Clean Air Carolina staff are working to better understand the air we breathe with a new citizen science program called the Clean Air Zones Monitoring Project. Citizen Science lets people gather data from their daily personal experiences. It is like a Fitbit for our environment. It gives us real time data on fine particulate matter in our air. It makes the invisible visible.
On a recent cool, windy, February morning, Clean Air Carolina (CAC) staff and six members of the Women’s Impact Fund were using hand-held monitors to track and map exposure to particle pollution outside our office off Tyvola Road in Charlotte, NC. People were surprised as the particulate matter (PM) indicator went up, moving from safe green levels, to yellow and on into alarming orange, following the Environmental Protection Agency’s (EPA) Air Quality Color Guide. Looking at GIS maps of the area, noticing the wind direction and a smell to the air, we predicted the pollution was coming from an oil refinery down the street.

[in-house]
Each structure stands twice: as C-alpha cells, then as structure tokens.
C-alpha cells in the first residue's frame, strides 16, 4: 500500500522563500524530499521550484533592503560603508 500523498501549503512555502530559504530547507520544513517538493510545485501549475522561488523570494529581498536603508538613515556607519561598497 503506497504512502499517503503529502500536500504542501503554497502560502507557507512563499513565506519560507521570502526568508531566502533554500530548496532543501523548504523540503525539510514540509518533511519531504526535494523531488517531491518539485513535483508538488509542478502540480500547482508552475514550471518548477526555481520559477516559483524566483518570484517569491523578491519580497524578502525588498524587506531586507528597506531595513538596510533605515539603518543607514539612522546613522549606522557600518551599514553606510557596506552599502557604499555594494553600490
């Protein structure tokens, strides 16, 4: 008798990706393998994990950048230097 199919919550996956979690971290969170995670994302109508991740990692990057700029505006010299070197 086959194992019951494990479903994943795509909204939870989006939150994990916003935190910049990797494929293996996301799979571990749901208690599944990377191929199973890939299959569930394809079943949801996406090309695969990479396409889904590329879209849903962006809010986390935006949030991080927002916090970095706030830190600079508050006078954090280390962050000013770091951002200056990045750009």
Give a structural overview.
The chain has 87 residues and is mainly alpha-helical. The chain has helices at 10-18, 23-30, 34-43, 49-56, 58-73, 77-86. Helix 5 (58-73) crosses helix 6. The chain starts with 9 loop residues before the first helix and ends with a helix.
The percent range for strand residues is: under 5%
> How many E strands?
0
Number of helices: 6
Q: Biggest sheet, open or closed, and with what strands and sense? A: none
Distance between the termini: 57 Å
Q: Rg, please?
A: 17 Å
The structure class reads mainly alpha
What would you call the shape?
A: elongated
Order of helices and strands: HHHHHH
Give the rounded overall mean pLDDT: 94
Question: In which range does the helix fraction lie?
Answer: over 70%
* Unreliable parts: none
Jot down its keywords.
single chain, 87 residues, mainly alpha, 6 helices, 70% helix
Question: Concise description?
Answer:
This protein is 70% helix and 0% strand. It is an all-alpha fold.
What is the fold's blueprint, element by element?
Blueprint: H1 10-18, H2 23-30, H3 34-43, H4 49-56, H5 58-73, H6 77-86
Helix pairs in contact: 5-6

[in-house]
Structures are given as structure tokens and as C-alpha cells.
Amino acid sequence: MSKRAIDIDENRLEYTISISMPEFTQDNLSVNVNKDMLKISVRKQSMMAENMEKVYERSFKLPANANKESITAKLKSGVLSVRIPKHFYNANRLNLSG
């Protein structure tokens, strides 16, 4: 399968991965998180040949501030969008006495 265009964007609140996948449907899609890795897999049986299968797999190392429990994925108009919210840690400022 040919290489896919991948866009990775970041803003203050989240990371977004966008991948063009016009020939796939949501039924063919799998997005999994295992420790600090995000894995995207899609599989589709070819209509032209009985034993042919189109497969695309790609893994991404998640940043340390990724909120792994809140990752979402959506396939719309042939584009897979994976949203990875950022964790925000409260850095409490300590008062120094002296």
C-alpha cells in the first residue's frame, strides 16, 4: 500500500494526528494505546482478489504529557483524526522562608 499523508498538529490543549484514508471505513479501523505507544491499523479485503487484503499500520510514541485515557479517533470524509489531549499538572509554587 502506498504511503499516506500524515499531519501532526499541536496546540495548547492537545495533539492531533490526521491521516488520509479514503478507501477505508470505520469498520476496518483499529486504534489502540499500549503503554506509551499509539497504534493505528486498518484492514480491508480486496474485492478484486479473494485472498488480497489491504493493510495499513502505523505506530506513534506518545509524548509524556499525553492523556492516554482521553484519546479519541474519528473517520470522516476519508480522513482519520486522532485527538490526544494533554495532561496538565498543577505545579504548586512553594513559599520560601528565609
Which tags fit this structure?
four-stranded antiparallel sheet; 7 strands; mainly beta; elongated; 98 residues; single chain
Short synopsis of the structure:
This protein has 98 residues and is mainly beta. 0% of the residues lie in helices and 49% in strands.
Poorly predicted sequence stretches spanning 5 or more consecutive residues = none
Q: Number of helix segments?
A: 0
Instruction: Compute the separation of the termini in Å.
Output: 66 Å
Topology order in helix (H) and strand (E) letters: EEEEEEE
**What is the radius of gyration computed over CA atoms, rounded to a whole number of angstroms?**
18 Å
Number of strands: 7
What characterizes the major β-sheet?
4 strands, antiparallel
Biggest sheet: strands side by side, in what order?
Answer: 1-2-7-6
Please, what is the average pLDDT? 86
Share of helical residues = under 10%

The use of air quality monitoring technology and citizen science projects are currently being encouraged by the Environmental Protection Agency. We were using AirBeam monitors outfitted with light scattering technology to measure fine particles, those small enough to pass through the lungs and into the bloodstream. The monitors are blue tooth and Wi-Fi enabled with real time data management and mapping capabilities.
Our air monitoring participants were engaged, interest was high, and there was a lively sharing of information. Everyone was on task. Hands-on science gets people thinking and asking questions. People gather information, think critically and solve problems. Plus, it’s fun!
The Clean Air Zones Monitoring Project is an innovative expansion of our Clear the Air for Kids! Program. We are currently looking for funding to take this engaging new program into schools and neighborhoods this fall to promote air awareness, advocacy education, and to contribute to STEM learning.
This blog was written by Clear the Air for Kids! coordinator, Mary Stauble